Adjusted for inflation, federal purchases have fallen by about 19 percent since 2003, while purchases by states and localities have fallen by about 5 percent. The significant difference between those declines reflects the facts that a much larger portion of federal infrastructure spending than of state and local spending is for capital and that capital has become much more expensive to purchase over the period relative to operation and maintenance services.

Now take into account how long it took for Congress to pass a long-term $305 billion highway bill, which allocates $205 billion for highways over the next five years (an average of $41 billion per year versus the $170 billion annually the Federal Highway Administration recommends), and if you also factor in the accounting gimmicks used to pay for it, the ongoing debate on the gas tax and other funding mechanisms, and how transportation infrastructure is barely getting any attention from the presidential candidates, and what you get is a big red flag waving over the future of our nation’s transportation infrastructure and its ability to cost-effectively and safely handle the projected growth in freight moves.

What impact will emerging modes of transportation — such as drones, driverless trucks, and “share economy” delivery models — have on how freight will actually move in the year 2045?

The problem with 30-year projections is that they are heavily influenced by what we know and understand today, and since the future is truly unknown, such long-term projections are just as likely to be wrong than right.

But even if the projections for freight tons and value are directionally correct, what we end up defining as “Air” and “Truck” transportation in 2045 might be different than how we define those modes today — and we might even add a new mode or two to the list in the future.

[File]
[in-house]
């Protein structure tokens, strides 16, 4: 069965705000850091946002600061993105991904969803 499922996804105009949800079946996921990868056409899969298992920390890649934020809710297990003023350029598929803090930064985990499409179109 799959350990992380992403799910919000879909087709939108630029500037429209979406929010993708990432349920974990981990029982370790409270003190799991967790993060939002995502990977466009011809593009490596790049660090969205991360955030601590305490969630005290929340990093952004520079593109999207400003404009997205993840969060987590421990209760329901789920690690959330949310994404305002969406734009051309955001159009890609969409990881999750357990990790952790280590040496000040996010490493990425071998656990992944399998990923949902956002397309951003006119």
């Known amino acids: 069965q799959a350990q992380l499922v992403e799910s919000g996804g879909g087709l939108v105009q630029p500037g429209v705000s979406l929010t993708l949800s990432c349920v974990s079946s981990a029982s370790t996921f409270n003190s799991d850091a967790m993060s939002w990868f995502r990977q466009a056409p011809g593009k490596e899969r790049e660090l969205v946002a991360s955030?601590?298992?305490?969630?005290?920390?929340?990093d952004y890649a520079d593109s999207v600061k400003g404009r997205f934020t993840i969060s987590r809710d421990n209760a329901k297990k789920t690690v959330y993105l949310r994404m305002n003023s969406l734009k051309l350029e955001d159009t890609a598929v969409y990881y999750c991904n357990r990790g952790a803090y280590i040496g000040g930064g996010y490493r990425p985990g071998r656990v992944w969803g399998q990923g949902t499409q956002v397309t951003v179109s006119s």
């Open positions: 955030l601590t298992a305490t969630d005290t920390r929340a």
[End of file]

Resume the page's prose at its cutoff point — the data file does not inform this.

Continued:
Take cargo airships, for example. A couple of weeks ago, The New Yorker published an article highlighting how “a new generation of airship engineers, some backed by significant government and private investment, is convinced that, given new technologies and new materials, the public can be sold on airships.” The article goes on:

Last March, the U.S. House of Representatives set up the bipartisan Cargo Airship Caucus, with the goal of accelerating development. In recent years, the aerospace heavyweights Boeing and Northrop Grumman have developed airships; Russia, Brazil, and China have built or conceived prototypes, and Canada has designs for a few of them, including the Solar Ship, which looks like a bloated stealth bomber, with solar panels spread across the top of helium-filled wings. All are racing to be first to corner a cargo market that may be worth billions. Three projects are currently attracting the most attention: the Airlander 10, which is scheduled to launch next month, in England; Lockheed Martin’s LMH-1; and [Worldwide Aeros’] Aeroscraft.

Watch the videos below from Lockheed Martin and The New Yorker about Aeroscraft CEO Igor Pasternak for more insights.

Simply put, I believe the way freight will actually move in 2045 will be different than how it moves today. The percentages and numbers in the Freight Analysis Framework are interesting, but it’s how we actually get there that will be most exciting.